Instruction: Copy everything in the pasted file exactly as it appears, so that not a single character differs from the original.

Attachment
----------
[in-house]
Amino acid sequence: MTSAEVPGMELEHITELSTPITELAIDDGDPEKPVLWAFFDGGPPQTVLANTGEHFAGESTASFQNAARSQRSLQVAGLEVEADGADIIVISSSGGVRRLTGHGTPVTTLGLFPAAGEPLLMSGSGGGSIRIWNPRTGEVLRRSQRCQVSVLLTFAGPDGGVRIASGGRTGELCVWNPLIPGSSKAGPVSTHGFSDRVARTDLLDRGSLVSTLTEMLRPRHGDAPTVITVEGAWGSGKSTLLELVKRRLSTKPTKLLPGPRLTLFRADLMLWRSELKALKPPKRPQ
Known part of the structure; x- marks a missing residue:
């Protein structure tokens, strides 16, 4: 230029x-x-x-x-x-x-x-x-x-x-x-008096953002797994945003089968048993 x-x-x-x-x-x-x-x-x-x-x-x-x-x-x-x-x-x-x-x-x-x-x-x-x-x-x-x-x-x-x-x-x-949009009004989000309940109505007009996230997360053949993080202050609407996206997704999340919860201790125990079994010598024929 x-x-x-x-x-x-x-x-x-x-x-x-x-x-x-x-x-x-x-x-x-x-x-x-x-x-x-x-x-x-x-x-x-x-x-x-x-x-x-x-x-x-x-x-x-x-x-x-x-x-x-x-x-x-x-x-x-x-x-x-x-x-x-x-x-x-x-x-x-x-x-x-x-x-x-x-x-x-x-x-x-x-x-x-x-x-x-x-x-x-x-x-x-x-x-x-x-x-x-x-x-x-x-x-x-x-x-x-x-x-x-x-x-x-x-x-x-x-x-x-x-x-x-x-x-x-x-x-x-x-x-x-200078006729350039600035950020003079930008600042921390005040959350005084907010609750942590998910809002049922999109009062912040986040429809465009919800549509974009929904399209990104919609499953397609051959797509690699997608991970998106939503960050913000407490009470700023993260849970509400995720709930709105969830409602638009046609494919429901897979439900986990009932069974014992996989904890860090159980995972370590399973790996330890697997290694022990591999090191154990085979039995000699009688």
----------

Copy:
[in-house]
Amino acid sequence: MTSAEVPGMELEHITELSTPITELAIDDGDPEKPVLWAFFDGGPPQTVLANTGEHFAGESTASFQNAARSQRSLQVAGLEVEADGADIIVISSSGGVRRLTGHGTPVTTLGLFPAAGEPLLMSGSGGGSIRIWNPRTGEVLRRSQRCQVSVLLTFAGPDGGVRIASGGRTGELCVWNPLIPGSSKAGPVSTHGFSDRVARTDLLDRGSLVSTLTEMLRPRHGDAPTVITVEGAWGSGKSTLLELVKRRLSTKPTKLLPGPRLTLFRADLMLWRSELKALKPPKRPQ
Known part of the structure; x- marks a missing residue:
């Protein structure tokens, strides 16, 4: 230029x-x-x-x-x-x-x-x-x-x-x-008096953002797994945003089968048993 x-x-x-x-x-x-x-x-x-x-x-x-x-x-x-x-x-x-x-x-x-x-x-x-x-x-x-x-x-x-x-x-x-949009009004989000309940109505007009996230997360053949993080202050609407996206997704999340919860201790125990079994010598024929 x-x-x-x-x-x-x-x-x-x-x-x-x-x-x-x-x-x-x-x-x-x-x-x-x-x-x-x-x-x-x-x-x-x-x-x-x-x-x-x-x-x-x-x-x-x-x-x-x-x-x-x-x-x-x-x-x-x-x-x-x-x-x-x-x-x-x-x-x-x-x-x-x-x-x-x-x-x-x-x-x-x-x-x-x-x-x-x-x-x-x-x-x-x-x-x-x-x-x-x-x-x-x-x-x-x-x-x-x-x-x-x-x-x-x-x-x-x-x-x-x-x-x-x-x-x-x-x-x-x-x-x-200078006729350039600035950020003079930008600042921390005040959350005084907010609750942590998910809002049922999109009062912040986040429809465009919800549509974009929904399209990104919609499953397609051959797509690699997608991970998106939503960050913000407490009470700023993260849970509400995720709930709105969830409602638009046609494919429901897979439900986990009932069974014992996989904890860090159980995972370590399973790996330890697997290694022990591999090191154990085979039995000699009688």